How do we use our power and authority in relation to others? Do we use them to care for and help others? To offer comfort, support, and encouragement? Or do we use them only for our own benefit, even if that means treating others unjustly?
These questions arise naturally from today’s reading from the Book of Ezekiel. The prophet announces a word of righteous judgment against the “shepherds of Israel,” because instead of watching over and protecting the “sheep” that were entrusted to them, they were “pasturing themselves,” using their position to ravage and exploit, crushing the people they were given to safeguard and serve in order to promote and advance themselves. In their greed and lust for luxury, these false and pernicious leaders were completely insensitive to the sufferings and needs of their people. As the prophet vehemently chastises: “You did not strengthen the weak nor heal the sick nor bind up the injured. You did not bring back the strayed nor seek the lost, but you lorded it over them harshly and brutally.” Nothing expresses more dramatically the wickedness of these perverse shepherds than the prophet’s closing judgment that the sheep were being devoured by the very ones who should be looking after them.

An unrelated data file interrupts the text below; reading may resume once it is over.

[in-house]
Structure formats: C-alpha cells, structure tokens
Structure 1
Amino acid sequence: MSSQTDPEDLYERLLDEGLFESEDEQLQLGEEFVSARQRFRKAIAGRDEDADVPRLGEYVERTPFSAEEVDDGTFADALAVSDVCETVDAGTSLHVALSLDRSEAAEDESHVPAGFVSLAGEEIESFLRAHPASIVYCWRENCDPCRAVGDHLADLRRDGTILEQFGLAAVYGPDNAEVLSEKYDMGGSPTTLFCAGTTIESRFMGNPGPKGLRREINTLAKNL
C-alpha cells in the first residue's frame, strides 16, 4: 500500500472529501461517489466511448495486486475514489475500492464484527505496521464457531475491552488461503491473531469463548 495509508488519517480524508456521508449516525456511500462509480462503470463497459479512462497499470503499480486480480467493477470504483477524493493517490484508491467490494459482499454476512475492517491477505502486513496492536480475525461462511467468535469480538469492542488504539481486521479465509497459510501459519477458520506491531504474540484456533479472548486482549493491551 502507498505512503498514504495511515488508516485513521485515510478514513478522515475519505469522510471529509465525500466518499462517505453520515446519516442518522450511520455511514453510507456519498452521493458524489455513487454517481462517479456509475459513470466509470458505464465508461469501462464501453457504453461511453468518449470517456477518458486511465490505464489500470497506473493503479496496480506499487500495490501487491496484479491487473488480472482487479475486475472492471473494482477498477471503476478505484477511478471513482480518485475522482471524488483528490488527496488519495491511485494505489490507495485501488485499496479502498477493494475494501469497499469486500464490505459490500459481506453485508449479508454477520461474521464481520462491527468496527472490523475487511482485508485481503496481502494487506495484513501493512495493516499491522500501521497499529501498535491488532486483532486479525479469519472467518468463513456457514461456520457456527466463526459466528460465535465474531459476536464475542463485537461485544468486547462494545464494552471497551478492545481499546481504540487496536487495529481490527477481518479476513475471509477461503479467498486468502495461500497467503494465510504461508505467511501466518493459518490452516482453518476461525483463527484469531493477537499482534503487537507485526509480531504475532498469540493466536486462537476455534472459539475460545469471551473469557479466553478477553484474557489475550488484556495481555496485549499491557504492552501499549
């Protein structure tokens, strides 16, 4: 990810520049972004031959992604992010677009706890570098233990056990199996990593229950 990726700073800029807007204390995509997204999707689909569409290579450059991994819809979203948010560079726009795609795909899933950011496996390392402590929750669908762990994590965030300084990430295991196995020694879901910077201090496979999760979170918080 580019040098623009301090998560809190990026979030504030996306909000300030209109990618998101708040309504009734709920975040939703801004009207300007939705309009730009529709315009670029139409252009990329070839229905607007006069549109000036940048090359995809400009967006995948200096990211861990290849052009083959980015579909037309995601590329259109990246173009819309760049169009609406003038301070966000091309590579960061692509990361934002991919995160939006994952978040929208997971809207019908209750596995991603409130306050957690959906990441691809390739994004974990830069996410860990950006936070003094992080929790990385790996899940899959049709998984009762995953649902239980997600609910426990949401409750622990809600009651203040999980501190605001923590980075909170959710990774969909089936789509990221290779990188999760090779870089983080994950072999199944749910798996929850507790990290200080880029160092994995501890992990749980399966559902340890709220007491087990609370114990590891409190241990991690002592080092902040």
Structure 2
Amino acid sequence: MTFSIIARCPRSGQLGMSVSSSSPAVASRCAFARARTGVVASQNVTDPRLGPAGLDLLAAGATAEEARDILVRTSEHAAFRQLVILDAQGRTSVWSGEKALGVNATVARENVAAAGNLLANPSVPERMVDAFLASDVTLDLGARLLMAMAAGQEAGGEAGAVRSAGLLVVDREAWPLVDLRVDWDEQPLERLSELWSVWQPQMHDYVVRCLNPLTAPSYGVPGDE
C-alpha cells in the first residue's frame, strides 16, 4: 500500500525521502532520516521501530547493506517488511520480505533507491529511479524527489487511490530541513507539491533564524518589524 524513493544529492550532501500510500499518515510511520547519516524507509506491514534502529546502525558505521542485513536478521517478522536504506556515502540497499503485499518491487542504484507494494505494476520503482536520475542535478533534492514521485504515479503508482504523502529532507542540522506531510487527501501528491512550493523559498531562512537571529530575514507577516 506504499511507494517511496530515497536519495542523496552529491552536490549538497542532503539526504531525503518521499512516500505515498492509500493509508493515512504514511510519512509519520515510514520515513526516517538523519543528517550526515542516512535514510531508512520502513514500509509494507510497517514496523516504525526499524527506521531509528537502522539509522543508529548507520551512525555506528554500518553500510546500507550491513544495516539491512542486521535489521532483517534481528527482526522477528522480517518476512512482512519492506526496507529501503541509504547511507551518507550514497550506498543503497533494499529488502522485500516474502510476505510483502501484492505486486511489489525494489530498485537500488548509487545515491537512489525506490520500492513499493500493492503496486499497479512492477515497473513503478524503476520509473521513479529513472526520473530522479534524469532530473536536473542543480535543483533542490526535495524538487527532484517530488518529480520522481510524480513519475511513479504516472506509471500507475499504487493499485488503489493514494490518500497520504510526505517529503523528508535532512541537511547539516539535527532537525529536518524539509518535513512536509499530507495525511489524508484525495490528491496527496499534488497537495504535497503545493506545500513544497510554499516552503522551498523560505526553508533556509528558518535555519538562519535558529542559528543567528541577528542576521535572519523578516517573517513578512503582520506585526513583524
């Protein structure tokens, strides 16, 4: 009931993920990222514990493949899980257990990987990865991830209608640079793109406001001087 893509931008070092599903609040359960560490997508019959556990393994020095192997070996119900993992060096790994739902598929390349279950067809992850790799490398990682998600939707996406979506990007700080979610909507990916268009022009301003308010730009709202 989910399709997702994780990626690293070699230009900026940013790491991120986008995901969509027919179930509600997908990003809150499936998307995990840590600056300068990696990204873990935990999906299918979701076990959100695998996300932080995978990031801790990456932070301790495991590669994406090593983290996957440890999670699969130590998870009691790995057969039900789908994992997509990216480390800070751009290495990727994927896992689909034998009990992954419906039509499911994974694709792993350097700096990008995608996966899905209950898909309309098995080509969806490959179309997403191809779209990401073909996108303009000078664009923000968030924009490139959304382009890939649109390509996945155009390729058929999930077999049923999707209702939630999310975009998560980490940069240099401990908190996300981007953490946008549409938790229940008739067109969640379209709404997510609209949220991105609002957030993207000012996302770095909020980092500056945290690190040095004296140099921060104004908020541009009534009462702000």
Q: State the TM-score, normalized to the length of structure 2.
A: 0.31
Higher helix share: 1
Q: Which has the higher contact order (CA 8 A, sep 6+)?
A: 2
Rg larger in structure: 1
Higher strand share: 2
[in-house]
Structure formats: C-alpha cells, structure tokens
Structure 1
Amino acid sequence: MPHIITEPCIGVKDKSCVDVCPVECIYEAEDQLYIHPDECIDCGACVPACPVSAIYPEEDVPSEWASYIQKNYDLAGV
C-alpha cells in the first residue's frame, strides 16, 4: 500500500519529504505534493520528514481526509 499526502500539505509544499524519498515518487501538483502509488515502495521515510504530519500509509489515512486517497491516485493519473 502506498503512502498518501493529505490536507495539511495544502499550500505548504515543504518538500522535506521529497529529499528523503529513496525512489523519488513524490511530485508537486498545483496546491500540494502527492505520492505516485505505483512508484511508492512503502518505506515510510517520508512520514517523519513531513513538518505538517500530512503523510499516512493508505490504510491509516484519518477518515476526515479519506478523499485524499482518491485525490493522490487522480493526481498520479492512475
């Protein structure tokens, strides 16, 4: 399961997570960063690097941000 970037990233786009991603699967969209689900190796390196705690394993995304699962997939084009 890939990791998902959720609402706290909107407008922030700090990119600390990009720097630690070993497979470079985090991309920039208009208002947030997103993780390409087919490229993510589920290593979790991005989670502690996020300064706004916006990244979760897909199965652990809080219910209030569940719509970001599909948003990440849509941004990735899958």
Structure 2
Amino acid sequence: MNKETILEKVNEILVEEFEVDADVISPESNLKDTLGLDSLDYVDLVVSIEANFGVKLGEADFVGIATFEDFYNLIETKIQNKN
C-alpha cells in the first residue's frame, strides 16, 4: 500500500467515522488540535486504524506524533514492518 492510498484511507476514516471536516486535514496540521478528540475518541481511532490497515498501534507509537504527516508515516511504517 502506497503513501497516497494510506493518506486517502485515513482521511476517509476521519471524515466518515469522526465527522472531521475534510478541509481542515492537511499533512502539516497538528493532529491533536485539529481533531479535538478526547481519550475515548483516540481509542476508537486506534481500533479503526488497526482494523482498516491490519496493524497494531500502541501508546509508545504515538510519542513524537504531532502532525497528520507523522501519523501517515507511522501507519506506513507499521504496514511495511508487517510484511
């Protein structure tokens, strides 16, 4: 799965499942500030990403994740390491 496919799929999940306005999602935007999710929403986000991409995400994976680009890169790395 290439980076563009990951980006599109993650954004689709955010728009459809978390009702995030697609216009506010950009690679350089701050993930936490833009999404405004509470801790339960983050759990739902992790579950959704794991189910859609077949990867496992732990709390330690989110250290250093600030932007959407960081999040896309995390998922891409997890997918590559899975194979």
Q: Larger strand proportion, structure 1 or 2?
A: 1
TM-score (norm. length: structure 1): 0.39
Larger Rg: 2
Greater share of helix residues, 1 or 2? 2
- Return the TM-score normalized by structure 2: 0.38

What might Ezekiel’s chilling words mean for us? The sheep are anyone who is poor, needy, exploited or victimized. They are anyone who is lonely, hopeless, loveless or lost. Anyone among us who suffers and is in need, anyone who longs for healing and consolation, are sheep yearning to be comforted and assisted, rescued and reassured.
Each day we are called to be shepherds because every one of us has the crucial responsibility to live on the lookout for all who are in need of help, healing, and hope. Like Jesus, the good shepherd, each day we are summoned to bless, to build up, and to do good in any way we can. Like the landowner in today’s gospel story, we know it is never too late in the day to help someone in need.
Paul J. Wadell is Professor Emeritus of Theology and Religious Studies at St. Norbert College in De Pere, Wisconsin, and a member of the Passionist Family.